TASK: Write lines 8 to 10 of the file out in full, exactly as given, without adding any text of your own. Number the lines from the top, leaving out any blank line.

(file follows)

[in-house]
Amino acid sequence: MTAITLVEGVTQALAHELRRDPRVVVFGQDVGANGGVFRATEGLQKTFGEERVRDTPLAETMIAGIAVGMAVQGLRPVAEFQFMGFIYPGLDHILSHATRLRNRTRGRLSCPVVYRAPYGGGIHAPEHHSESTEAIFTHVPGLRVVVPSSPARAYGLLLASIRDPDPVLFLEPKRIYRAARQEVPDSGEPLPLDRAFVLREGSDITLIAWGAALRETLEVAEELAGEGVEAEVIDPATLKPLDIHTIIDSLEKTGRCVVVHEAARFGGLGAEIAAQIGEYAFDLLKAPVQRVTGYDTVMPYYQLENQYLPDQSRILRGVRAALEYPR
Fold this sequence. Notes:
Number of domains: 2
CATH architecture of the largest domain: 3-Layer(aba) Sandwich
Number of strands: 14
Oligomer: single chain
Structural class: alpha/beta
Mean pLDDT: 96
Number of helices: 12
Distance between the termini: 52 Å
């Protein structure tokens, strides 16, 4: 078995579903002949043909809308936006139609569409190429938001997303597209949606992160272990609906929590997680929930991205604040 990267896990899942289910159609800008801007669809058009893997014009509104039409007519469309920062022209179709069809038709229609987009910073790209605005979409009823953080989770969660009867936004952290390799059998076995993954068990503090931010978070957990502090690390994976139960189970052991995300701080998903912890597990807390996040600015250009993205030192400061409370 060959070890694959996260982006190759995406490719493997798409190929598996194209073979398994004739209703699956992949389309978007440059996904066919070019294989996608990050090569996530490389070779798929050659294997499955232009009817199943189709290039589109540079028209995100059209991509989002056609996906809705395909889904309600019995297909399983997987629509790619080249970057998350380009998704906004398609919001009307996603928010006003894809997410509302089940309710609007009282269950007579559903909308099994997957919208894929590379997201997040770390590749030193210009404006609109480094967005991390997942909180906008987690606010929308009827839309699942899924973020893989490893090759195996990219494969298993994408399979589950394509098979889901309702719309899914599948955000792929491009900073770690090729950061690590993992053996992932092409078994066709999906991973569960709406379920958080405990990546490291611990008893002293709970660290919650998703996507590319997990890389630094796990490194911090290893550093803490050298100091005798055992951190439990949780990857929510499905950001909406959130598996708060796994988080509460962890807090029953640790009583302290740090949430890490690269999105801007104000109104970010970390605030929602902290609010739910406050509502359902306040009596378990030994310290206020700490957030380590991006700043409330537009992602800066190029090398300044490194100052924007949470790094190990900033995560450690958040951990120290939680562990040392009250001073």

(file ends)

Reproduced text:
Structural class: alpha/beta
Mean pLDDT: 96
Number of helices: 12